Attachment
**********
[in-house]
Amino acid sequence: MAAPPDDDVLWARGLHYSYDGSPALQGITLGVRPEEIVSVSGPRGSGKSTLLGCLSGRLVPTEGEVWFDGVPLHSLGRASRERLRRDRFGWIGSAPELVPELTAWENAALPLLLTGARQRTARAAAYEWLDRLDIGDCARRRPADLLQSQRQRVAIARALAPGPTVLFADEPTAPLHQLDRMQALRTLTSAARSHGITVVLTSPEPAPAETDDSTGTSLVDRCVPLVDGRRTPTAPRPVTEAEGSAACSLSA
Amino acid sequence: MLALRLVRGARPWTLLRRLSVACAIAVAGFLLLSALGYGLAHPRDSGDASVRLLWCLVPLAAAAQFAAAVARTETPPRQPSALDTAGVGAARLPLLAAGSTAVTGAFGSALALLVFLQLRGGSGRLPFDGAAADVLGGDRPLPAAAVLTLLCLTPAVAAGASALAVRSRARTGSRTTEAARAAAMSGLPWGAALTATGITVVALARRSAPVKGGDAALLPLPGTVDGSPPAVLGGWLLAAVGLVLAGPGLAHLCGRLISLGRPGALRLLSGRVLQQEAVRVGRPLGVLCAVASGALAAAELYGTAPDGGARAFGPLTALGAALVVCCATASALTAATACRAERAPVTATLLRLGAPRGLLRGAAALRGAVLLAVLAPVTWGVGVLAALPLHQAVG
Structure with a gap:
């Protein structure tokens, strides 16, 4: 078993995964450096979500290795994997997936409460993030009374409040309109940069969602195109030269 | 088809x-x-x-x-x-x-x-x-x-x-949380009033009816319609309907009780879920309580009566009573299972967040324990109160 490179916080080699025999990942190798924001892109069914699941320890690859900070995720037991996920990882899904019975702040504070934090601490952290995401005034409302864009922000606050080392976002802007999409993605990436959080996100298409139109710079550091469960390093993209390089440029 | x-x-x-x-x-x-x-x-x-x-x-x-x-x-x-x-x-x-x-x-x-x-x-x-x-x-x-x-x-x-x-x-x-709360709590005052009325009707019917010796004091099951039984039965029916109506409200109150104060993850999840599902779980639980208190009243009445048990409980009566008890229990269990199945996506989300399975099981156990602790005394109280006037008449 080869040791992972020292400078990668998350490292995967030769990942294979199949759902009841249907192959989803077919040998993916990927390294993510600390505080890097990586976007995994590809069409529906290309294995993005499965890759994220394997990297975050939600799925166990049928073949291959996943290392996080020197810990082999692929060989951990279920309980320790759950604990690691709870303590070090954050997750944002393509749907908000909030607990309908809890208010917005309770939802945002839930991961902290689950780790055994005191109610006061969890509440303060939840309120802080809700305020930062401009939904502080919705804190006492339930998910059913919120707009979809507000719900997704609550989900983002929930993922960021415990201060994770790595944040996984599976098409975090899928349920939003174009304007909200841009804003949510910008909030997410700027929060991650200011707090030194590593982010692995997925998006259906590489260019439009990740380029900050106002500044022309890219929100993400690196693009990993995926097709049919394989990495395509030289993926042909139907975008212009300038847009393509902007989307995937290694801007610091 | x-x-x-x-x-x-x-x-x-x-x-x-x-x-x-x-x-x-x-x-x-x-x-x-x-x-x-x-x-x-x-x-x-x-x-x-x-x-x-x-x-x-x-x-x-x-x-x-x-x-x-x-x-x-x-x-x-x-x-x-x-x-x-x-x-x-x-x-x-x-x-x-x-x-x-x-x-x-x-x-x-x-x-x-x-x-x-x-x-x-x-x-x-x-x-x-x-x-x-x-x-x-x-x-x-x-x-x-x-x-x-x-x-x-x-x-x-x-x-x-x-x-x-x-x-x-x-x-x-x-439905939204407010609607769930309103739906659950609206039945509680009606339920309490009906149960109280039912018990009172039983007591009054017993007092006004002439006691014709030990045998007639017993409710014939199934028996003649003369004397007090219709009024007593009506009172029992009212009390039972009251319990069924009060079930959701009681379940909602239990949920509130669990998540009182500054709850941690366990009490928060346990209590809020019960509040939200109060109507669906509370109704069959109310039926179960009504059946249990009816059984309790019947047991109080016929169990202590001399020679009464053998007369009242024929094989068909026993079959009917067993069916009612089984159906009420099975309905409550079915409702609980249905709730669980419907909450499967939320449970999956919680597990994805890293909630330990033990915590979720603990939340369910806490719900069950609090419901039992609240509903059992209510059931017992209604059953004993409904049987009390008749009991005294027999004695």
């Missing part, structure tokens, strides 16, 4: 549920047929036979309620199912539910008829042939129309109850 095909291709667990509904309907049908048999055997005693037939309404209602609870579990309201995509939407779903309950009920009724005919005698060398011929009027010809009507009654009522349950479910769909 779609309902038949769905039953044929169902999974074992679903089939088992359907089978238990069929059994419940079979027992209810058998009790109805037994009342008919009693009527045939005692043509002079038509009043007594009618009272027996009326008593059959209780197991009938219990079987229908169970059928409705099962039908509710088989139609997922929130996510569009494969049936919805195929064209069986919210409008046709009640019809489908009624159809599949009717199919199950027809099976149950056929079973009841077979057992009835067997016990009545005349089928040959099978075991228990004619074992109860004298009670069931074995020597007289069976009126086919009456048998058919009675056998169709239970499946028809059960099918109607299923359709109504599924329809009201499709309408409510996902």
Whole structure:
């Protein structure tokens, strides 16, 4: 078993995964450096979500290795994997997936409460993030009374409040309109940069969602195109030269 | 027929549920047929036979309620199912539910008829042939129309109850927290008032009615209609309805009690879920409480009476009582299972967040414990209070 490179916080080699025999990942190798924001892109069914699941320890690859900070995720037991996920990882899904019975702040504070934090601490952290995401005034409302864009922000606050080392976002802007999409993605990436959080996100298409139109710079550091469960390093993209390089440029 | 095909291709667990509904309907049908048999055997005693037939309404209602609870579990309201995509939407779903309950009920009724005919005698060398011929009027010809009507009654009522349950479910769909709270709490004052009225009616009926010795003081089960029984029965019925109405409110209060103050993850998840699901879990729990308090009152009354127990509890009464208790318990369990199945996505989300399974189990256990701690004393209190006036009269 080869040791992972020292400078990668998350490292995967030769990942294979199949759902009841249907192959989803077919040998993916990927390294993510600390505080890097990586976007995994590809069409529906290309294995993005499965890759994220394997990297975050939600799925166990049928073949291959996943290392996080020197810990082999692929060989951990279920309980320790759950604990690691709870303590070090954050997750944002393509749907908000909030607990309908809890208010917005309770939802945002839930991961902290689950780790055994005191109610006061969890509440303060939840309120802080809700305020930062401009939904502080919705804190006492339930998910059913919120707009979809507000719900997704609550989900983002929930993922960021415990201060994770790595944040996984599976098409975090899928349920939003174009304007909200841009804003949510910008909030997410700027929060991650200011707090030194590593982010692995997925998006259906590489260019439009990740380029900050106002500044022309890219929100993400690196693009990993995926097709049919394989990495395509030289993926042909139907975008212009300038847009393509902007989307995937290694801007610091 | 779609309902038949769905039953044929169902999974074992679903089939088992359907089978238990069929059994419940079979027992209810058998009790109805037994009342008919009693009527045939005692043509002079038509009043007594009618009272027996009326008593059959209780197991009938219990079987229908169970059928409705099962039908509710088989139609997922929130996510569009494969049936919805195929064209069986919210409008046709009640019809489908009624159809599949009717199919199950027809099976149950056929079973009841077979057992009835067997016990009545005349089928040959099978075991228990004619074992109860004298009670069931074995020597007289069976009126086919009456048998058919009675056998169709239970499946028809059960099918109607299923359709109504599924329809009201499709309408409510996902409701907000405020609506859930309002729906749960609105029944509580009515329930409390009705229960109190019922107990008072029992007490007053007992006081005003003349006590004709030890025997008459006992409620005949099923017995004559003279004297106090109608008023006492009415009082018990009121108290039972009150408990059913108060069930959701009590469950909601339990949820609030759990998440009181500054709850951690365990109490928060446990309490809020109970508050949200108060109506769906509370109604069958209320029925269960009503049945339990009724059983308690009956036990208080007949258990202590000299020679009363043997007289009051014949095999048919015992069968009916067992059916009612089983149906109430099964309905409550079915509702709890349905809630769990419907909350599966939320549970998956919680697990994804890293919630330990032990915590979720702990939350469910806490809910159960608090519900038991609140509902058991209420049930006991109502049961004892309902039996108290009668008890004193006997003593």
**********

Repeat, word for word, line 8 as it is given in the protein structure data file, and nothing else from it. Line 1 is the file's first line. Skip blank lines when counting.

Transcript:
């Protein structure tokens, strides 16, 4: 078993995964450096979500290795994997997936409460993030009374409040309109940069969602195109030269 | 027929549920047929036979309620199912539910008829042939129309109850927290008032009615209609309805009690879920409480009476009582299972967040414990209070 490179916080080699025999990942190798924001892109069914699941320890690859900070995720037991996920990882899904019975702040504070934090601490952290995401005034409302864009922000606050080392976002802007999409993605990436959080996100298409139109710079550091469960390093993209390089440029 | 095909291709667990509904309907049908048999055997005693037939309404209602609870579990309201995509939407779903309950009920009724005919005698060398011929009027010809009507009654009522349950479910769909709270709490004052009225009616009926010795003081089960029984029965019925109405409110209060103050993850998840699901879990729990308090009152009354127990509890009464208790318990369990199945996505989300399974189990256990701690004393209190006036009269 080869040791992972020292400078990668998350490292995967030769990942294979199949759902009841249907192959989803077919040998993916990927390294993510600390505080890097990586976007995994590809069409529906290309294995993005499965890759994220394997990297975050939600799925166990049928073949291959996943290392996080020197810990082999692929060989951990279920309980320790759950604990690691709870303590070090954050997750944002393509749907908000909030607990309908809890208010917005309770939802945002839930991961902290689950780790055994005191109610006061969890509440303060939840309120802080809700305020930062401009939904502080919705804190006492339930998910059913919120707009979809507000719900997704609550989900983002929930993922960021415990201060994770790595944040996984599976098409975090899928349920939003174009304007909200841009804003949510910008909030997410700027929060991650200011707090030194590593982010692995997925998006259906590489260019439009990740380029900050106002500044022309890219929100993400690196693009990993995926097709049919394989990495395509030289993926042909139907975008212009300038847009393509902007989307995937290694801007610091 | 779609309902038949769905039953044929169902999974074992679903089939088992359907089978238990069929059994419940079979027992209810058998009790109805037994009342008919009693009527045939005692043509002079038509009043007594009618009272027996009326008593059959209780197991009938219990079987229908169970059928409705099962039908509710088989139609997922929130996510569009494969049936919805195929064209069986919210409008046709009640019809489908009624159809599949009717199919199950027809099976149950056929079973009841077979057992009835067997016990009545005349089928040959099978075991228990004619074992109860004298009670069931074995020597007289069976009126086919009456048998058919009675056998169709239970499946028809059960099918109607299923359709109504599924329809009201499709309408409510996902409701907000405020609506859930309002729906749960609105029944509580009515329930409390009705229960109190019922107990008072029992007490007053007992006081005003003349006590004709030890025997008459006992409620005949099923017995004559003279004297106090109608008023006492009415009082018990009121108290039972009150408990059913108060069930959701009590469950909601339990949820609030759990998440009181500054709850951690365990109490928060446990309490809020109970508050949200108060109506769906509370109604069958209320029925269960009503049945339990009724059983308690009956036990208080007949258990202590000299020679009363043997007289009051014949095999048919015992069968009916067992059916009612089983149906109430099964309905409550079915509702709890349905809630769990419907909350599966939320549970998956919680697990994804890293919630330990032990915590979720702990939350469910806490809910159960608090519900038991609140509902058991209420049930006991109502049961004892309902039996108290009668008890004193006997003593």